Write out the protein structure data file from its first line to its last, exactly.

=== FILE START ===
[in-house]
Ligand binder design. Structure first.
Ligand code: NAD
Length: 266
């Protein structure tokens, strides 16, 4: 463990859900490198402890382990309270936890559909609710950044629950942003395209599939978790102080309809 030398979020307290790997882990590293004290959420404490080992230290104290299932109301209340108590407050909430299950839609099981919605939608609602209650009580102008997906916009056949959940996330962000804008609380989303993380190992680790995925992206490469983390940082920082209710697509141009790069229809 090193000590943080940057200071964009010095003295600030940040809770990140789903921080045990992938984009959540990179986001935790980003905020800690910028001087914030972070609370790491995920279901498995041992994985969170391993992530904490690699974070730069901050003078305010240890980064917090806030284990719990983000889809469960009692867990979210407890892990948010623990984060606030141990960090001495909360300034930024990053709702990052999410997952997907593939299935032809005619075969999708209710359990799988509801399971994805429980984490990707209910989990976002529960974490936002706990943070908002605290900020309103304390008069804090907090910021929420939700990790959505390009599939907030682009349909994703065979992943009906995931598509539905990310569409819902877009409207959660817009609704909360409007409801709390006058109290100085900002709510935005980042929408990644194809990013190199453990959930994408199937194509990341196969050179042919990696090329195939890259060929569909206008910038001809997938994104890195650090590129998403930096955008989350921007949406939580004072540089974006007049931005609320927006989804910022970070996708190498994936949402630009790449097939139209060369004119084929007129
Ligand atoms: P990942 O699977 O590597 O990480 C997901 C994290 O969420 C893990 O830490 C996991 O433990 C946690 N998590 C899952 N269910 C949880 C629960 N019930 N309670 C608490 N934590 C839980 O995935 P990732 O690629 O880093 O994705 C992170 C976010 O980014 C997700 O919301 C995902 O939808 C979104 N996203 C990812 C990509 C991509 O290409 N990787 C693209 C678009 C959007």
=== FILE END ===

[in-house]
Ligand binder design. Structure first.
Ligand code: NAD
Length: 266
């Protein structure tokens, strides 16, 4: 463990859900490198402890382990309270936890559909609710950044629950942003395209599939978790102080309809 030398979020307290790997882990590293004290959420404490080992230290104290299932109301209340108590407050909430299950839609099981919605939608609602209650009580102008997906916009056949959940996330962000804008609380989303993380190992680790995925992206490469983390940082920082209710697509141009790069229809 090193000590943080940057200071964009010095003295600030940040809770990140789903921080045990992938984009959540990179986001935790980003905020800690910028001087914030972070609370790491995920279901498995041992994985969170391993992530904490690699974070730069901050003078305010240890980064917090806030284990719990983000889809469960009692867990979210407890892990948010623990984060606030141990960090001495909360300034930024990053709702990052999410997952997907593939299935032809005619075969999708209710359990799988509801399971994805429980984490990707209910989990976002529960974490936002706990943070908002605290900020309103304390008069804090907090910021929420939700990790959505390009599939907030682009349909994703065979992943009906995931598509539905990310569409819902877009409207959660817009609704909360409007409801709390006058109290100085900002709510935005980042929408990644194809990013190199453990959930994408199937194509990341196969050179042919990696090329195939890259060929569909206008910038001809997938994104890195650090590129998403930096955008989350921007949406939580004072540089974006007049931005609320927006989804910022970070996708190498994936949402630009790449097939139209060369004119084929007129
Ligand atoms: P990942 O699977 O590597 O990480 C997901 C994290 O969420 C893990 O830490 C996991 O433990 C946690 N998590 C899952 N269910 C949880 C629960 N019930 N309670 C608490 N934590 C839980 O995935 P990732 O690629 O880093 O994705 C992170 C976010 O980014 C997700 O919301 C995902 O939808 C979104 N996203 C990812 C990509 C991509 O290409 N990787 C693209 C678009 C959007």